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James Horner

Tributes are best written by those well acquainted with the deaths being mourned. They should also know the field the man being celebrated was associated with. In this sense, I am a poor writer of tributes.

The point is that writing about James Horner isn’t easy. He is a film composer. Correction: was. He died last Tuesday. His field was music. And I am not musically inclined.

Horner’s credits were impressive. Getting two Oscars is certainly achievement, and Horner won both for his most popular score, in James Cameron’s Titanic.

There were other credits of course, ones which were arguably more applause-worthy and hence memorable. He never won for them. His music for Braveheart, for instance, has been used and reused on national television so many times. To recount them all would be tedious.

Horner belonged to the ‘elite’. The Guardian’s tribute to him places him among Hans Zimmer, John Williams, and Bernard Herrmann. In certain respects, this is true. Like them, his music added emotional depth and contour to the plot-line. Like them, his music remained (and remains) indispensable to the films he scored. And like them, he moved well in an industry where art and commerce (it is said) get together all the time.

James Horner (2)Yes, he was in the elite. That didn’t take away authenticity. That merely added to it.
This would doubtless mean he was prolific; prolific as in 10 films in one year. He composed that many in 1993, and averaged about five or six every year. Not all of them are remembered well today, but the point is that in an industry where 16-hour workdays are the norm he stood out remarkably. It wasn’t just about quality, therefore. It was also about quantity.

I am certainly not equipped to assess the man’s musical work. Based on what I have heard and know, I can however say this: In nearly every memorable film he worked in, his work added contour to emotion. This is not to say that all his scores were perfectly aligned with the respective actor’s emotional tenor, of course. He could conjure tunes which offered contrast too. But in his ability to connect tune with emotion, he was comparable to the ‘cream’of his field.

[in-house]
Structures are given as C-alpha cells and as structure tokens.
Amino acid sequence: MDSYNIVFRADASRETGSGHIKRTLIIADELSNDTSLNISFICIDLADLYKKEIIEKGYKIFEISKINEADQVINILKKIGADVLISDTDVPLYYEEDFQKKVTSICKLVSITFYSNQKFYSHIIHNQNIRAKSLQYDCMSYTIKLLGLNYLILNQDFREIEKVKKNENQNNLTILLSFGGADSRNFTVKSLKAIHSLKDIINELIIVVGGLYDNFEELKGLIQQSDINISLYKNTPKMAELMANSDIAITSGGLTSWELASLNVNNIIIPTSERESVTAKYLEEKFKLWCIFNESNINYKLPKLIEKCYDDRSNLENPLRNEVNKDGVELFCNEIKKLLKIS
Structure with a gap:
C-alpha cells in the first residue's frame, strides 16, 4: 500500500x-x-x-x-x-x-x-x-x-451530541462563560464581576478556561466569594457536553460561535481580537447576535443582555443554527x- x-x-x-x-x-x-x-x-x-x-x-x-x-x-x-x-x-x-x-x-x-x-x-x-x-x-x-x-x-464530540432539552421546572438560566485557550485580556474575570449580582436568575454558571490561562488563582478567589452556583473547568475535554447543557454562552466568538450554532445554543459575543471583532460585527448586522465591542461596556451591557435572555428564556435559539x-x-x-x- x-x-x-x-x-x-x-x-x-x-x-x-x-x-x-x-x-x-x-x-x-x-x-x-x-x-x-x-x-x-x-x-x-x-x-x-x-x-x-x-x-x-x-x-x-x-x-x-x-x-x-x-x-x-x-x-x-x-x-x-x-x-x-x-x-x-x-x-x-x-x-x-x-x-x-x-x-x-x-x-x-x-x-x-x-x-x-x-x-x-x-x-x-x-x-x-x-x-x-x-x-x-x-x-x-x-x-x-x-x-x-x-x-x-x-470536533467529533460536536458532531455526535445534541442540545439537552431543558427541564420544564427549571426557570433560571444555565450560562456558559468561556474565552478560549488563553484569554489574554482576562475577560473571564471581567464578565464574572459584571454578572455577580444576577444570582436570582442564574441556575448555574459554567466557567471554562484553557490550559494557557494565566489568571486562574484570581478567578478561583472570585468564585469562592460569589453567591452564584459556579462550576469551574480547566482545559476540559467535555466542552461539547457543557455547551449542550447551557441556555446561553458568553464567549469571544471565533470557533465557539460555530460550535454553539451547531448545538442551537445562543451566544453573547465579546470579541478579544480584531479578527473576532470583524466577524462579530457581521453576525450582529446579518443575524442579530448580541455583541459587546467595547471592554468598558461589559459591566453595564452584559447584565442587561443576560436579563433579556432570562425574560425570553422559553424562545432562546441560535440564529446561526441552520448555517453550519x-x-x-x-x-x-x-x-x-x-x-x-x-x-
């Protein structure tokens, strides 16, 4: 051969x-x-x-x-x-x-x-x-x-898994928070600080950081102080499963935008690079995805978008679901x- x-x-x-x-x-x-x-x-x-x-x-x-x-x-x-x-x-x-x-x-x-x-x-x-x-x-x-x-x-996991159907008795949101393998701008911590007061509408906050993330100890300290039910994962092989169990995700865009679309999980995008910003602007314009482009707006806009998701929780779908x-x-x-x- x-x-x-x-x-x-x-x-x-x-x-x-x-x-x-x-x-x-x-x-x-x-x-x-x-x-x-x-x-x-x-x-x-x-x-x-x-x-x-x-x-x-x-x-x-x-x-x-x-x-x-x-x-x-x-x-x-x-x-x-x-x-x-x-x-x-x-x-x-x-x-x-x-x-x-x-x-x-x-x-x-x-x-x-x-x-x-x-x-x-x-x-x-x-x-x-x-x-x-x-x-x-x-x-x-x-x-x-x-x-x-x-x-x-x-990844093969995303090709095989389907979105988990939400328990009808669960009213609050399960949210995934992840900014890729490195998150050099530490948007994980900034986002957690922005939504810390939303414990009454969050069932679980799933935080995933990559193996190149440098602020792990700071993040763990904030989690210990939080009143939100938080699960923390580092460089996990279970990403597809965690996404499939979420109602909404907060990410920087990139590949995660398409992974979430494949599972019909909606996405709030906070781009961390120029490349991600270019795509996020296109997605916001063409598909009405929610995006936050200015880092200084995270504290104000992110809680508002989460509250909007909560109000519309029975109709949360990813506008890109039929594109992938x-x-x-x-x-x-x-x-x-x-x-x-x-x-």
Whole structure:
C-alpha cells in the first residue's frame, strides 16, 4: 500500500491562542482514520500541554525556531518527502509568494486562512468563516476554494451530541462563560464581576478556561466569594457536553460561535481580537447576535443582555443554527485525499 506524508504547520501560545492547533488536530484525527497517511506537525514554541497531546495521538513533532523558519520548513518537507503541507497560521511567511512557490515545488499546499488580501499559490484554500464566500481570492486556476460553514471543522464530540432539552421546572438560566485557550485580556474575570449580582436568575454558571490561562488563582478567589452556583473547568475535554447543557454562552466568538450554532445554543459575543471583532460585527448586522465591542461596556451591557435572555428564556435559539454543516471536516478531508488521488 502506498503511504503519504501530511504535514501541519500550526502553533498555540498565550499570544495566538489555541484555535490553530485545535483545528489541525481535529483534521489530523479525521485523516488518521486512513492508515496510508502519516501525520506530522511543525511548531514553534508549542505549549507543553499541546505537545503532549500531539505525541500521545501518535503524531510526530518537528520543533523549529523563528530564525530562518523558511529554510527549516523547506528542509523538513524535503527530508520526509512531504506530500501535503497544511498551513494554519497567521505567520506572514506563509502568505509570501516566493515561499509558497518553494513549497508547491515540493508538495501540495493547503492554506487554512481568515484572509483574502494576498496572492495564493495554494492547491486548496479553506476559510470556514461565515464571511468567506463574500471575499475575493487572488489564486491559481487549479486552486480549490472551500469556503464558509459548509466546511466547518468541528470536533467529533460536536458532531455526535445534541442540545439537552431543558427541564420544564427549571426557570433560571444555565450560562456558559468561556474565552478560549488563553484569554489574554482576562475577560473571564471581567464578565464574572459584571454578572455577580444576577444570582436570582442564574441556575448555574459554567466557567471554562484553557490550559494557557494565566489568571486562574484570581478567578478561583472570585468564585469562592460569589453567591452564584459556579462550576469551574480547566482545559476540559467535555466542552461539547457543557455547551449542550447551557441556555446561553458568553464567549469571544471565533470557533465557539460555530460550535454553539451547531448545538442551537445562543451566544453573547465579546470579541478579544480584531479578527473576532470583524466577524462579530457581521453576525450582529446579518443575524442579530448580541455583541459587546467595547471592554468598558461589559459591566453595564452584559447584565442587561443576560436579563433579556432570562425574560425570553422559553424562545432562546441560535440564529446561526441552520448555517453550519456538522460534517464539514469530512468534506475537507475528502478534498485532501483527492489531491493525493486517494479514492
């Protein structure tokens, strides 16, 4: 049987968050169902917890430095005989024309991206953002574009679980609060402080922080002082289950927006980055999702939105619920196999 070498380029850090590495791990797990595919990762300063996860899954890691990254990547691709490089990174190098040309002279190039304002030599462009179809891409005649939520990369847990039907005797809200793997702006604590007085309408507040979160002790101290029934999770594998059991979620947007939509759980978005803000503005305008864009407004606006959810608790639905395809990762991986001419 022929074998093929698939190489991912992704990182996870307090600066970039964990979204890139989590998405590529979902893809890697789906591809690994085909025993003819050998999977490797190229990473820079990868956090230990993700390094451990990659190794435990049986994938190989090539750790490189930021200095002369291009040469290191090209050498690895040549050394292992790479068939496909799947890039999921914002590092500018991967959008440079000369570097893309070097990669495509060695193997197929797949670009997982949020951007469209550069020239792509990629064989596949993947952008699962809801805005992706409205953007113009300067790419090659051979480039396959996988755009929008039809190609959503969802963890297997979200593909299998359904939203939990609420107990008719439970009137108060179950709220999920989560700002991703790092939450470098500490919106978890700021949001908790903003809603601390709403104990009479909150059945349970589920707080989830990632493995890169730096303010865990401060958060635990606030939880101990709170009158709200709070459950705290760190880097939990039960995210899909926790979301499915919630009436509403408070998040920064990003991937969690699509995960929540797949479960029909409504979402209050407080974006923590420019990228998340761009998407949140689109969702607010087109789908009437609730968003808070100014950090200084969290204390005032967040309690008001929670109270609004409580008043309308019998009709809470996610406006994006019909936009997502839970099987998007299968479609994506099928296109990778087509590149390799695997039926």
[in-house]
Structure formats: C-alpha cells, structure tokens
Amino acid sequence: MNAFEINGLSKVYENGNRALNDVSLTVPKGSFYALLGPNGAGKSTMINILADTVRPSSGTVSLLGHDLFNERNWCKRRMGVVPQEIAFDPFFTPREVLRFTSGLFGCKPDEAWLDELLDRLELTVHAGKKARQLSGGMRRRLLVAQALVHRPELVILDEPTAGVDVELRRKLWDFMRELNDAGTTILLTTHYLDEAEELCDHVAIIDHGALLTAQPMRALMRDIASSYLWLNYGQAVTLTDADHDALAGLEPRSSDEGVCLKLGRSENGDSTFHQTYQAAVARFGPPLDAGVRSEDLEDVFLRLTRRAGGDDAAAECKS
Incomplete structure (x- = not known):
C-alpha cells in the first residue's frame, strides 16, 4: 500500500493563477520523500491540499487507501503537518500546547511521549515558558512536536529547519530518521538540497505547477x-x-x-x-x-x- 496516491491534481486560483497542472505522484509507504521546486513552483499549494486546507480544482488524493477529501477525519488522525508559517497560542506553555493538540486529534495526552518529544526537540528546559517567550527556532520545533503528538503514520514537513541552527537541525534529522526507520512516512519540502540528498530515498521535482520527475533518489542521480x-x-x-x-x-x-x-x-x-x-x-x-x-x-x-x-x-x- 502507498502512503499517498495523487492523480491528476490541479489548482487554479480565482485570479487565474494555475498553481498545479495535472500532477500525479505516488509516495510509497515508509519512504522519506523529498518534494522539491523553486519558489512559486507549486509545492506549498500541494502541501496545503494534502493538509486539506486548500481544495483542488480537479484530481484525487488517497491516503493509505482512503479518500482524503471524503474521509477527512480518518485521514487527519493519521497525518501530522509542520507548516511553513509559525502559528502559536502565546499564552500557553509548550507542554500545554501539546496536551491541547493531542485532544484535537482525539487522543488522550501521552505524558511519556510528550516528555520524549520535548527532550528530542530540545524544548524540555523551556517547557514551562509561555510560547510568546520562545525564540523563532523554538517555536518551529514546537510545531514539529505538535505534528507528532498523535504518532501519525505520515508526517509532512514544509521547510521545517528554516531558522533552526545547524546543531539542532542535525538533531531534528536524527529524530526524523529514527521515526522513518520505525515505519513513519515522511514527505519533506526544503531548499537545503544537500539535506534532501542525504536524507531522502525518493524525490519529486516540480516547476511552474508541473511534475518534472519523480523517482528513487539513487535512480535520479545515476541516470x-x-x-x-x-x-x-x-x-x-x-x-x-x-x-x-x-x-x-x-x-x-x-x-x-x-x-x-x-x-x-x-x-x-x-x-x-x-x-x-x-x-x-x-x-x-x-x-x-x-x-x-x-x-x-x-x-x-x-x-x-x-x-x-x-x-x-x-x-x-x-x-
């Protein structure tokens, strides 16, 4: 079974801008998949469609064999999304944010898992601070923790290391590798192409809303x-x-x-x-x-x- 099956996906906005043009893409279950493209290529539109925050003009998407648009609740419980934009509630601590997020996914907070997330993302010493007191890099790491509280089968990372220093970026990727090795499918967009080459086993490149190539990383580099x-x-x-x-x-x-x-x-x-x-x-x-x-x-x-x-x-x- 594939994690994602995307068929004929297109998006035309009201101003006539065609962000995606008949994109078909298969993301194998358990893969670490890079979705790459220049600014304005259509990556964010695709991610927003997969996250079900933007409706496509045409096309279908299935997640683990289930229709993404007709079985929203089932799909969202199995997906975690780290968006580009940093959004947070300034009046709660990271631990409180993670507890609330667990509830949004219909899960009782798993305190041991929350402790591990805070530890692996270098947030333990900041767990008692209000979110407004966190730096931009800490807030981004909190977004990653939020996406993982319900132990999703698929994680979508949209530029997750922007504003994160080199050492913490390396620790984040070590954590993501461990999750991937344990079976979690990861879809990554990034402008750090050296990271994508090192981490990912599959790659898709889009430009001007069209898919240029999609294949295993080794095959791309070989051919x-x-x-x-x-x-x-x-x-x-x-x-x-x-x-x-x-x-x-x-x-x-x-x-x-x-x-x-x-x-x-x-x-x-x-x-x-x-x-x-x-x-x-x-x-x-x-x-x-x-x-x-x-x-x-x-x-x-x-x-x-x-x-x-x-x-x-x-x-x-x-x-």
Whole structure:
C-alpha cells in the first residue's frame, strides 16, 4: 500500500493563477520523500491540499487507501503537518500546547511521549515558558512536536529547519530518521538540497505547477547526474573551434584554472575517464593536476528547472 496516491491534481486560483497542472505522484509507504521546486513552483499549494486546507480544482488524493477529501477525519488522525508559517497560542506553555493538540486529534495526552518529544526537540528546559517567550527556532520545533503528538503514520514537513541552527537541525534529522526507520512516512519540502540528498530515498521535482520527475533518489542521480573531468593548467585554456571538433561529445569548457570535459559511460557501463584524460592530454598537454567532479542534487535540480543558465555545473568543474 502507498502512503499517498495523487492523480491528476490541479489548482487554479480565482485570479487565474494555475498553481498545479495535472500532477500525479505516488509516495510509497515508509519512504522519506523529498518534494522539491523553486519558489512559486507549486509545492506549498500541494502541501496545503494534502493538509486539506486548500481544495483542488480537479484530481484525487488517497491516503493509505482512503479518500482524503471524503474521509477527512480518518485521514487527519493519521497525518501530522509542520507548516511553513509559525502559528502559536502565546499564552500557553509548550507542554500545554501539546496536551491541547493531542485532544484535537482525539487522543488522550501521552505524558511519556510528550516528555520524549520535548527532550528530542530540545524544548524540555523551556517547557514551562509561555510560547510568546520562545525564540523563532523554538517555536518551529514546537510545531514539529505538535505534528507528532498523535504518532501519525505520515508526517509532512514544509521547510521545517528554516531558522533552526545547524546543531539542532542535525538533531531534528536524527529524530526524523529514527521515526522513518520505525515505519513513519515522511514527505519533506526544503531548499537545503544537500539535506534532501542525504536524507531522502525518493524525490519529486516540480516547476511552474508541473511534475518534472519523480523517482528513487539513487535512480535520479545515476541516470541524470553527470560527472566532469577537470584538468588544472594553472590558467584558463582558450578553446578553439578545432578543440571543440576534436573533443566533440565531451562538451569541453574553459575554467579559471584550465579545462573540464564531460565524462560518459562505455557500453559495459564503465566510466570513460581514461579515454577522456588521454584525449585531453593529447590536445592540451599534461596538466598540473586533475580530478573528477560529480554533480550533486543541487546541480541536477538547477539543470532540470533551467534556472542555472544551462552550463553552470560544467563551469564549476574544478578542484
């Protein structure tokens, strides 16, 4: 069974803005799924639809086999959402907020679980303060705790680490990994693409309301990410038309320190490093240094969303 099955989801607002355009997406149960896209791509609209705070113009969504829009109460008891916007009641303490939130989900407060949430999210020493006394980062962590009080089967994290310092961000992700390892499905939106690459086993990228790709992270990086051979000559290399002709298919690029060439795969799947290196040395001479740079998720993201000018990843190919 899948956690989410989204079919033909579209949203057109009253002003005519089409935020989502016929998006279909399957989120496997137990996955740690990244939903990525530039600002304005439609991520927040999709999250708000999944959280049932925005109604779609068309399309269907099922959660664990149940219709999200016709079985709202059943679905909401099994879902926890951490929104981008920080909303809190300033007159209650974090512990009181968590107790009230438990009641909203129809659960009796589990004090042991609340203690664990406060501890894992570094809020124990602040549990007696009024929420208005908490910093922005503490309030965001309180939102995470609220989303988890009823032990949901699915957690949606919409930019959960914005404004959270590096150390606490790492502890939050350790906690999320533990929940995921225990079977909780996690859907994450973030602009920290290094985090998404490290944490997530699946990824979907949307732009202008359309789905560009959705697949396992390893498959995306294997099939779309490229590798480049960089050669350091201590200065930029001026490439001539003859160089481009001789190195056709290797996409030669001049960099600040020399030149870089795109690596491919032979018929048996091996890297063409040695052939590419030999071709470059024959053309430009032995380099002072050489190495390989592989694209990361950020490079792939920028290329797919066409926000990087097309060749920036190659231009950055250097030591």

There were soundtracks that jarred sometimes, though. These were more idiosyncratic. Like in Mark Lester’s Commando  where the image of Arnold Schwarzenegger combating mercenaries like a wild animal was reinforced by an almost testosterone-laden musical score. These jarred not because they were poorly composed, but because he linked film and mood too strongly with music in them.

Was this a problem though? Not really. Horner’s greatest strength was in how subtle he could get in his work. Commando in this sense (for me at least) was an exception. Not so with his other credits. The main theme from Braveheart, to give an example, beautifully toned up the conflict of emotion in William Wallace – between his love for his wife Murron MacClannough and his love for Scotland – and how this is resolved through the uprising he leads.

Titanic offers another example. Horner’s composition, which as with much of his other work used Celtic music, caught the protagonists’ love for each other set against a harsh, unforgiving sea (and Billy Zane’s repulsive Caledon Hockley). That is why, when we remember the final sequence of Rose dangling the “Heart of the Ocean” and dropping it into the sea, and all that poignancy welled up till then which erupts subtly in her dream of returning to the Titanic with Jack Dawson, it is Horner’s haunting melody that comes into mind.

That melody was no ‘Lara’s Theme’. Thankfully. Titanic was epic, yes, but for a story which compressed time and space there was no need for a larger-than-life score. Horner knew this. That is why his work in it remains with us after all this time.

I never got to appreciate music because I wasn’t interested. But I loved films. Somewhere down the line, I realised as time passed, the two get together. They are linked. I believe we have some names to thank for that. Like Bernard Herrmann. Maurice Jarre. Premasiri Khemadasa.

We also have James Horner. Unique, yes, and yet among all those giants who made us understand how indispensable music could be to films. For that, we are grateful.

James Horner (3)